New Mexico agency to appeal judge’s reduced penalty for medical cannabis firm

A New Mexico district judge ruled in April that state health officials went too far when they punished a medical marijuana producer for showing off a cannabis plant at the 2016 State Fair, and now there’s a new twist involving the Court of Appeals.

Top Organics Ultra Health owner, Duke Rodriguez, told the Albuquerque Journal this week that the state’s Department of Health (DOH) informed him that it plans to appeal the judge’s ruling.

Here’s what you need to know:

  • The state DOH originally ordered the company to close for five consecutive days, including 4/20.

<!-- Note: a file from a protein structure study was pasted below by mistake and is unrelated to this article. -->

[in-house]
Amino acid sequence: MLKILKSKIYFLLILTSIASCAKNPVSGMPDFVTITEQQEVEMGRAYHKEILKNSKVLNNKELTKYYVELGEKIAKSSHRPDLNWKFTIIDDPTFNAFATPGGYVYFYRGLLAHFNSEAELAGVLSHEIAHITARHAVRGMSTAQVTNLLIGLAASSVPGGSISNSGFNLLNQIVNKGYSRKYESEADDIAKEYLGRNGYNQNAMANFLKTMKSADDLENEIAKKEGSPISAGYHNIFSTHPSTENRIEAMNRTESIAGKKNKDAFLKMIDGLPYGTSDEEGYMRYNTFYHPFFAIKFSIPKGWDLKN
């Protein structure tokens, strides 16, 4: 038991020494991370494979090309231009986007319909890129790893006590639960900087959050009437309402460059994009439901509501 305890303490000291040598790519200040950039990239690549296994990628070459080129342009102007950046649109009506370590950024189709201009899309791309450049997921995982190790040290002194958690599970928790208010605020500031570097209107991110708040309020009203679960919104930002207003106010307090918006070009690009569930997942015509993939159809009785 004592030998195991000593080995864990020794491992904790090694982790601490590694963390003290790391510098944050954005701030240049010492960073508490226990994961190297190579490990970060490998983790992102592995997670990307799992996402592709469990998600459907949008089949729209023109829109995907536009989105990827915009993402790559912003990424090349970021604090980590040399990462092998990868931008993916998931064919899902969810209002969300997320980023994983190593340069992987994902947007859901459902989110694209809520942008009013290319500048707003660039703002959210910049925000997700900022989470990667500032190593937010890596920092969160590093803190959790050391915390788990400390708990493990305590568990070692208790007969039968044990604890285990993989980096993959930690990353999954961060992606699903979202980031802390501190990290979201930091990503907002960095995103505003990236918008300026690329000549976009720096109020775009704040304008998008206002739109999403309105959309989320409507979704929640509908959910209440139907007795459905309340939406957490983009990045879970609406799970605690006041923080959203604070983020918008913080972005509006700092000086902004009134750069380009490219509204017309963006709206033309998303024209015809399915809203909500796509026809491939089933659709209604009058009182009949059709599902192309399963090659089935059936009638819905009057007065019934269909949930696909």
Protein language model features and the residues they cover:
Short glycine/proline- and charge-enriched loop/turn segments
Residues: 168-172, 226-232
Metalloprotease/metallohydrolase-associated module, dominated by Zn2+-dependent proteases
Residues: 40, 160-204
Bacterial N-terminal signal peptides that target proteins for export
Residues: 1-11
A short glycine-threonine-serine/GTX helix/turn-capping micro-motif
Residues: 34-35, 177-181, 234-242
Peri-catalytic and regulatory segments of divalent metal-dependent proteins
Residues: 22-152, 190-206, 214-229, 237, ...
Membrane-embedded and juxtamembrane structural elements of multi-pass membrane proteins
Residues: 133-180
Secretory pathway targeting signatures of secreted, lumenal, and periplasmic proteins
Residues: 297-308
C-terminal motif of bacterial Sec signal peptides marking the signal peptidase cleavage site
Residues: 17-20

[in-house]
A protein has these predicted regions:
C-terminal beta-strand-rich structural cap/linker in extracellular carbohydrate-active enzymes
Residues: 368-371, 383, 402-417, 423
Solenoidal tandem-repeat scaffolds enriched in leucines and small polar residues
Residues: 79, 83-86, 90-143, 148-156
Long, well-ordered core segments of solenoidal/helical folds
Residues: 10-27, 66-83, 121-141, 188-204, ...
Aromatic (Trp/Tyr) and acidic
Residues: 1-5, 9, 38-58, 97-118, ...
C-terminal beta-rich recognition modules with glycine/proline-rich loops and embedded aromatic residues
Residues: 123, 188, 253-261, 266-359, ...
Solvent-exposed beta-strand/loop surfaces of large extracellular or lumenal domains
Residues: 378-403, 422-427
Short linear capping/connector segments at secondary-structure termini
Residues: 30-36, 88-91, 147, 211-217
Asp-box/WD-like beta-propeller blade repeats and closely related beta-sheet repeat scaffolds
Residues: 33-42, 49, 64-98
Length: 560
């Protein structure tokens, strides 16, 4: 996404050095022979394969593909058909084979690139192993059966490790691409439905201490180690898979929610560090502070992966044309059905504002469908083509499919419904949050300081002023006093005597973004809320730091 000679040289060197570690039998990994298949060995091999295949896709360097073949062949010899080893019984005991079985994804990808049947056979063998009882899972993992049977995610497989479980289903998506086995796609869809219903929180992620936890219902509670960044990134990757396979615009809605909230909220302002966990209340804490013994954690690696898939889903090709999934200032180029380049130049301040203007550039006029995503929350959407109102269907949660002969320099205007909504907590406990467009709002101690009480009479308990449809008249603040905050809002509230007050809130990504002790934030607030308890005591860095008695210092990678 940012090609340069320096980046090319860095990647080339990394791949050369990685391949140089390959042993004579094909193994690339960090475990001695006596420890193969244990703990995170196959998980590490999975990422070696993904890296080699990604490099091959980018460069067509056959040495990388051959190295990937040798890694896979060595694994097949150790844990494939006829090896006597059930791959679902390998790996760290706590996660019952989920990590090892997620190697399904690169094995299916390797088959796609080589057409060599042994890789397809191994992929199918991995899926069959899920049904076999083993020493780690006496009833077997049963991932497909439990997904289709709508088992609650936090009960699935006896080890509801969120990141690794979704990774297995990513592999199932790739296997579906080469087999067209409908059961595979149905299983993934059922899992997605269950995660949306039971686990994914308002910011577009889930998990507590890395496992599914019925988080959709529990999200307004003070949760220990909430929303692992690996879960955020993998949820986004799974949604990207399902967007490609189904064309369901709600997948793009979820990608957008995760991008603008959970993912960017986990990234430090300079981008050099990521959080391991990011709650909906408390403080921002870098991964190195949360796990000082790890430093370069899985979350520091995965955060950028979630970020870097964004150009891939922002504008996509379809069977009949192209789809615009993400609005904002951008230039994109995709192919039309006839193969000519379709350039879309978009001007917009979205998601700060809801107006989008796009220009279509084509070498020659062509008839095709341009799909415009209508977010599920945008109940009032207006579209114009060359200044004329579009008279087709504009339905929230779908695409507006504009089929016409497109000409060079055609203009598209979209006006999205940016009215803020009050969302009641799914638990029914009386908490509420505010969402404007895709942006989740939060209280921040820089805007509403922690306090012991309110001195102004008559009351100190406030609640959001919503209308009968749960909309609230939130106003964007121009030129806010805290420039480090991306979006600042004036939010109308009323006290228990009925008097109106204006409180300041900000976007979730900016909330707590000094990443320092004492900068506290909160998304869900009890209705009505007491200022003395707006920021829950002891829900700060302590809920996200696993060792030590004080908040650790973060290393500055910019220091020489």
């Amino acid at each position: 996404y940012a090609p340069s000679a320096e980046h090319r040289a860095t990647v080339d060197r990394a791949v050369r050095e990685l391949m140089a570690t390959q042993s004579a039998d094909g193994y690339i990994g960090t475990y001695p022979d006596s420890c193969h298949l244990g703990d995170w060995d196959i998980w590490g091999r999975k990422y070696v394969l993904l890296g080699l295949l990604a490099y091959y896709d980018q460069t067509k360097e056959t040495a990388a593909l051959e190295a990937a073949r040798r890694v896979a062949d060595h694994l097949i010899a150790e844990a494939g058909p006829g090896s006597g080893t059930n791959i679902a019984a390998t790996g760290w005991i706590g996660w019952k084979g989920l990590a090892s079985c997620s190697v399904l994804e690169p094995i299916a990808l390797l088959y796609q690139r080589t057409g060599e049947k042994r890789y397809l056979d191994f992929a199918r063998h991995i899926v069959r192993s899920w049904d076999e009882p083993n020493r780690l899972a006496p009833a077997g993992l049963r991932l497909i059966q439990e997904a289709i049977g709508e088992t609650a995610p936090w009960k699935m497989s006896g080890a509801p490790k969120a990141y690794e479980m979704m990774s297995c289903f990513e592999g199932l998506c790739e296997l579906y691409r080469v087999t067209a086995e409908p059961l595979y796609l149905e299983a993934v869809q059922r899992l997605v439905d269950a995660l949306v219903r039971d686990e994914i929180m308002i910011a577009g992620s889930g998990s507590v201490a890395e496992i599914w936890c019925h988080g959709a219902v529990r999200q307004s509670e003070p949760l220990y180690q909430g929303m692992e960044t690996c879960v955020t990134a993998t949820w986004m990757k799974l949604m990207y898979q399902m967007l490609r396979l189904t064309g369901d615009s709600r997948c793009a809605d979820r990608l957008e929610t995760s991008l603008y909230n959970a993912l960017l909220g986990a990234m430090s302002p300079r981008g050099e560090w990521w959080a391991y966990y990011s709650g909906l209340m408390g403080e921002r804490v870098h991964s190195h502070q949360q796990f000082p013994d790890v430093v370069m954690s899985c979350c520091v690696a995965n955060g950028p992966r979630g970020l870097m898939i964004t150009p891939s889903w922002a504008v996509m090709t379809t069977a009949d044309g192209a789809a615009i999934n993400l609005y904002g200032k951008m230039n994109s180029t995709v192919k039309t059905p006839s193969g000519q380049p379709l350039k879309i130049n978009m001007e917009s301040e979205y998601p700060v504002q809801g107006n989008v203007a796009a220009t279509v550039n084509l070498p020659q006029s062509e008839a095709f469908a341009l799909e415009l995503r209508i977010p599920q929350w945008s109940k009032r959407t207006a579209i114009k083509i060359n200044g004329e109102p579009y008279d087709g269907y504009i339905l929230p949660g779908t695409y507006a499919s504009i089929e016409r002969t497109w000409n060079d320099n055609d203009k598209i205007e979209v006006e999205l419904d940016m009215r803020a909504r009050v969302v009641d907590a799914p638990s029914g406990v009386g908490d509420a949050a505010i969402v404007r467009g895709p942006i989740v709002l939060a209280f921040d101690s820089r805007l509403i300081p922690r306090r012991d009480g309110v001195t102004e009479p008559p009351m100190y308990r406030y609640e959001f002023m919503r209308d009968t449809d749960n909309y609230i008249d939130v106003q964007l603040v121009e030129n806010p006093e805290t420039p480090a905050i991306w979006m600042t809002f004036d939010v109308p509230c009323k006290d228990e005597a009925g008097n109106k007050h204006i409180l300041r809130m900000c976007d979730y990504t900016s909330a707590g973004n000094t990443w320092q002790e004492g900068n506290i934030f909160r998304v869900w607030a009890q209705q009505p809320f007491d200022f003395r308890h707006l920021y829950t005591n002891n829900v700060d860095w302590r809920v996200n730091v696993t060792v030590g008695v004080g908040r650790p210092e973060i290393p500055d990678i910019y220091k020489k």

• The nonprofit marijuana producer then filed a petition saying the closure would result in a $150,000 loss and deprive patients of medicine.
  • State District Judge David K. Thomson of Santa Fe found that Ultra Health had no legal permission to take a seedling out of the company’s production facility to be displayed at the Albuquerque fairgrounds in 2016.
  • However, he also found that under the state’s rules, the proposed five-day suspension of the company’s MMJ sales and distributions was “arbitrary, capricious and lacks foundation.”

Thomson reduced the sanction to a closure of two days. The company plans to close June 17 to clean trash along a highway as part of its community service and will close another day in July.

A DOH spokesperson told the Journal the agency doesn’t comment on pending litigation.

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